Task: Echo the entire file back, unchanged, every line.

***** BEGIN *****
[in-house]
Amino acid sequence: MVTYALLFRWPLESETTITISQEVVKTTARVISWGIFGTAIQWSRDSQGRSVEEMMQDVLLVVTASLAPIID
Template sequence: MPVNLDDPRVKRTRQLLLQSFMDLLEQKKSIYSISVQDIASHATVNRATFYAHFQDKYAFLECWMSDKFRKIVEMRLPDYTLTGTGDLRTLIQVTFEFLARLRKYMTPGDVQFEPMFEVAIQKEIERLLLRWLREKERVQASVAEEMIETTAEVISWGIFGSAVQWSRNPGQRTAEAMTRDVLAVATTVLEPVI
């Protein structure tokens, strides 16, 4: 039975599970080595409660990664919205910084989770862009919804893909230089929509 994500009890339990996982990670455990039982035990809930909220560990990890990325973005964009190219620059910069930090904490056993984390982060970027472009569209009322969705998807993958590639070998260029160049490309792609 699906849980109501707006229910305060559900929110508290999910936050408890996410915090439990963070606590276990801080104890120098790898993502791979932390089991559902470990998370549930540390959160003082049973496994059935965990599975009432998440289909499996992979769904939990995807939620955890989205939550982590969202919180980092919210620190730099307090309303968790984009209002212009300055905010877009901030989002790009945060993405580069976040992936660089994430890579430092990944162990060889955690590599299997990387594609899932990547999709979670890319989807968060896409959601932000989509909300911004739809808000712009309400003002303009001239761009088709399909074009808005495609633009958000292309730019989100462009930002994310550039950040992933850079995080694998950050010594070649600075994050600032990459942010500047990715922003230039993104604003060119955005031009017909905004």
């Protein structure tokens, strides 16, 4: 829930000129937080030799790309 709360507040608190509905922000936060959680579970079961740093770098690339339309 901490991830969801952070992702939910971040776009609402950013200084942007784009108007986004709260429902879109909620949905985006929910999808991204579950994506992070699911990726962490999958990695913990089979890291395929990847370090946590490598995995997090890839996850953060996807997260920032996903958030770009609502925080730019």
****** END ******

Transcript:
[in-house]
Amino acid sequence: MVTYALLFRWPLESETTITISQEVVKTTARVISWGIFGTAIQWSRDSQGRSVEEMMQDVLLVVTASLAPIID
Template sequence: MPVNLDDPRVKRTRQLLLQSFMDLLEQKKSIYSISVQDIASHATVNRATFYAHFQDKYAFLECWMSDKFRKIVEMRLPDYTLTGTGDLRTLIQVTFEFLARLRKYMTPGDVQFEPMFEVAIQKEIERLLLRWLREKERVQASVAEEMIETTAEVISWGIFGSAVQWSRNPGQRTAEAMTRDVLAVATTVLEPVI
């Protein structure tokens, strides 16, 4: 039975599970080595409660990664919205910084989770862009919804893909230089929509 994500009890339990996982990670455990039982035990809930909220560990990890990325973005964009190219620059910069930090904490056993984390982060970027472009569209009322969705998807993958590639070998260029160049490309792609 699906849980109501707006229910305060559900929110508290999910936050408890996410915090439990963070606590276990801080104890120098790898993502791979932390089991559902470990998370549930540390959160003082049973496994059935965990599975009432998440289909499996992979769904939990995807939620955890989205939550982590969202919180980092919210620190730099307090309303968790984009209002212009300055905010877009901030989002790009945060993405580069976040992936660089994430890579430092990944162990060889955690590599299997990387594609899932990547999709979670890319989807968060896409959601932000989509909300911004739809808000712009309400003002303009001239761009088709399909074009808005495609633009958000292309730019989100462009930002994310550039950040992933850079995080694998950050010594070649600075994050600032990459942010500047990715922003230039993104604003060119955005031009017909905004």
């Protein structure tokens, strides 16, 4: 829930000129937080030799790309 709360507040608190509905922000936060959680579970079961740093770098690339339309 901490991830969801952070992702939910971040776009609402950013200084942007784009108007986004709260429902879109909620949905985006929910999808991204579950994506992070699911990726962490999958990695913990089979890291395929990847370090946590490598995995997090890839996850953060996807997260920032996903958030770009609502925080730019």